DALLAS (RNS) — Evangelist Billy Graham was an influencer of influencers on the world stage, a prophetic voice who had a profound impact on three generations as “God’s Ambassador,” “Evangelist to the World” and “America’s Pastor.” But he did more than just preach the gospel — he lived it.
For more than 30 years — more than half of his public ministry — I had the privilege of serving as director of media and public relations and spokesman for Billy Graham, who died on Wednesday (Feb. 21) at the age of 99. What started as a professional relationship, over time, grew into a fraternal Christian brotherhood and a lasting friendship that I will always cherish.
He had a deep impact on my life as a principled colleague and spiritual mentor, who taught me that the life one leads is more important than the mere words one says. While the hundreds of sermons I heard him preach were a blessing to me spiritually, more importantly, he has been an example of a life totally yielded to God.
He modeled spiritual, moral and financial integrity through more than six decades of public ministry. He and the Billy Graham Evangelistic Association sustained an impeccable reputation within the faith community and among mainstream audiences. It was a remarkable combination of God’s providence and protection, a strong board of advisers, responsible stewardship, a capable staff and a singular focus on evangelism.
Throughout his public ministry, Billy Graham affected the direction of worldwide Protestantism decisively toward evangelism. He went from U.S. flag waver in the 1950s to global elder statesman, giving credibility to the Christian faith — particularly its evangelical tradition — within the culture at large.
Beyond his crusades and various ministry platforms, he also helped tip the balance in the struggle against communism through his pioneering influence behind the Iron Curtain, including the former Soviet Union, China and North Korea.
He was an advocate of an inclusive view of the Christian experience, focused around the centrality of Jesus, and he took a benevolent approach to other faiths. His ministry had a unifying effect among diverse groups, emphasizing what they had in common rather than what divided them. He facilitated rapprochement between Christians and Jews; Catholics and Protestants; and fundamentalists and evangelicals.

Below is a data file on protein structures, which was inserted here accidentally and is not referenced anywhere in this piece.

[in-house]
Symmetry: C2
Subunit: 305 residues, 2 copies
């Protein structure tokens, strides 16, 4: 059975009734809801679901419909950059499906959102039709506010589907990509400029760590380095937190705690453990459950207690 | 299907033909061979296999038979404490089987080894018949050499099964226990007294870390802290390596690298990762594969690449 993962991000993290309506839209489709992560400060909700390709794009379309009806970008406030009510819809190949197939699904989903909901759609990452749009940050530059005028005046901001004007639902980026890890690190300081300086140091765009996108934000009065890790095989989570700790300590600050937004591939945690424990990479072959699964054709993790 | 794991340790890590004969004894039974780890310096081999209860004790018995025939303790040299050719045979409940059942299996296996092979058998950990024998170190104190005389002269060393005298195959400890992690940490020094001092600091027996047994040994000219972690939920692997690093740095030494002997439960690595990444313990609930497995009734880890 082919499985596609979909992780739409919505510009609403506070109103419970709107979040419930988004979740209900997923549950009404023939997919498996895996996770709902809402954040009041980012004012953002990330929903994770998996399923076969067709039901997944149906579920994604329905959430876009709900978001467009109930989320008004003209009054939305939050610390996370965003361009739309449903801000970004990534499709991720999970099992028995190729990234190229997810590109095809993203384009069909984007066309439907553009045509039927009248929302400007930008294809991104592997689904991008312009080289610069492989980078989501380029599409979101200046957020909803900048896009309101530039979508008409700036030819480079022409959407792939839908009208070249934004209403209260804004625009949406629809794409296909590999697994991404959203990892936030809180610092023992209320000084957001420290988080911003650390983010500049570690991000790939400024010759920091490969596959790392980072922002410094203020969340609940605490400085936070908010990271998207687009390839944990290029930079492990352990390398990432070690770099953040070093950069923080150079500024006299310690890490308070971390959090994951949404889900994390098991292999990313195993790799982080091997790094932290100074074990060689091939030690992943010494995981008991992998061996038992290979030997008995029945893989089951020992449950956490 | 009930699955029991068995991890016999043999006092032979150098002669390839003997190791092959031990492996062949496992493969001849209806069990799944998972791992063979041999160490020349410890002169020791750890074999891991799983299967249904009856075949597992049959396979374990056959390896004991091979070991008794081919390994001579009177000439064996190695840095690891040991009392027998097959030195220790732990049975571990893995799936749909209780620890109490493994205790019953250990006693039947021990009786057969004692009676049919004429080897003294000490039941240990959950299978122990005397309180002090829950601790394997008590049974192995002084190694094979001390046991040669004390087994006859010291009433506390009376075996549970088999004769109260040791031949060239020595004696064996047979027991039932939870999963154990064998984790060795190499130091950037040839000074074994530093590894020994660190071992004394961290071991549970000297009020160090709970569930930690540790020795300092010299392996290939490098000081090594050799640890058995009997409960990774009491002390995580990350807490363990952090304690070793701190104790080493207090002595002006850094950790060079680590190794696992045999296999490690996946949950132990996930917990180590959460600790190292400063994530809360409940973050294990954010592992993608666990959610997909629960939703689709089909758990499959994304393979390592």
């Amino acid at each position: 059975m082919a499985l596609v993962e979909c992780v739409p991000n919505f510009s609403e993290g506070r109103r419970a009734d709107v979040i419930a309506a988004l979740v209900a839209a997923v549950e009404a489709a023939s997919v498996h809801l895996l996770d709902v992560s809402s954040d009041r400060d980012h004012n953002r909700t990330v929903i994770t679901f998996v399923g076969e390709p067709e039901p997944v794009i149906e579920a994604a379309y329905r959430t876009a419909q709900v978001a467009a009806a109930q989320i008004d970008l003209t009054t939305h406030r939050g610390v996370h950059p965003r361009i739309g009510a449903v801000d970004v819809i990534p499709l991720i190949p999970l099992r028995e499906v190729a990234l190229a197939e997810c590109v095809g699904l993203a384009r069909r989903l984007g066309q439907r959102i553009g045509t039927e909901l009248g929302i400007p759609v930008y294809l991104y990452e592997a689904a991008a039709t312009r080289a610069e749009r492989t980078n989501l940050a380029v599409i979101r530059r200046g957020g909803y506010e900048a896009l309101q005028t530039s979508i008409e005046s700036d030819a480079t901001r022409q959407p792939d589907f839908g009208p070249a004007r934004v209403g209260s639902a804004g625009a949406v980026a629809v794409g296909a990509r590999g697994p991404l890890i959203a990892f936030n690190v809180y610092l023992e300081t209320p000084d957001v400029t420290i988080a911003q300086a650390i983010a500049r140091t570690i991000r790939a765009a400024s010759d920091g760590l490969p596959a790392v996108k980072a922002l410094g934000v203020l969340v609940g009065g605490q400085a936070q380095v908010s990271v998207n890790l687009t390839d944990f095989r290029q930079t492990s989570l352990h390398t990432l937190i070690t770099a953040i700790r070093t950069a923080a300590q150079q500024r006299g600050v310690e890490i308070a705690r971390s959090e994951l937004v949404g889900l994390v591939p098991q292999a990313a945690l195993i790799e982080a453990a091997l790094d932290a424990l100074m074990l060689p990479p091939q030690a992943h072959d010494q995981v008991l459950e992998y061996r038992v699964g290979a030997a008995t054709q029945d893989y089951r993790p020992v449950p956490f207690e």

In the absence of an official spokesman for evangelical Christianity, he was perceived as the perennial “go-to” person and authoritative media resource to put the gospel in a cultural context on issues relating to the Christian life and societal influence.
In a familiar biblical story in the Old Testament, Moses stood on a hill to watch Joshua lead the army of Israel to battle. As long as Moses held up his staff, the Israelites were winning the battle, but whenever he dropped his arms, their opponents prevailed. So God raised up two men who stood and held up Moses’ arms and steadied his hands to achieve victory.
That has been my role and that of my communications colleagues — to hold up the arms of Billy Graham as a man of God for this generation. While reporters often lead with questions about his crusades or comments on current events, what mattered most to him was to faithfully lift up the name of Jesus with authenticity and integrity to the great and the lowly, the high and the humble.
He never hesitated to tackle political, economic or social issues from a spiritual perspective, addressing them as matters of the heart. He always contextualized his message, showing how the Word of God speaks to personal and societal problems.
Though primarily an evangelist, he was also a man of consistent conscience, compassion and peace who never veered from his calling to faithfully preach the gospel. He applied the gospel to social justice issues and provided leadership by example in racial and denominational reconciliation and civil rights.
For many years into the future, scholars, historians, theologians and media will be studying Billy Graham’s life, philosophy of ministry and inventory of sermons and statements — as they have D.L. Moody, Billy Sunday, George Whitfield and other great evangelists who have gone on before.
“The men who followed Jesus were unique in their generation,” Graham once said. “They turned the world upside down because their hearts had been turned right side up. The world has never been the same.”
Today we mourn the passing of Billy Graham, whom we remember as a man who faithfully and fervently served God in his generation. As a result, the world — and countless millions he reached — will never be the same.
(Larry Ross served for more than 30 years as spokesperson for evangelist Billy Graham. Ross is now president of A. Larry Ross Communications, a Dallas-based media/public relations agency founded in 1994, and is curator of the Billy Graham: The Legacy website and YouTube channel.)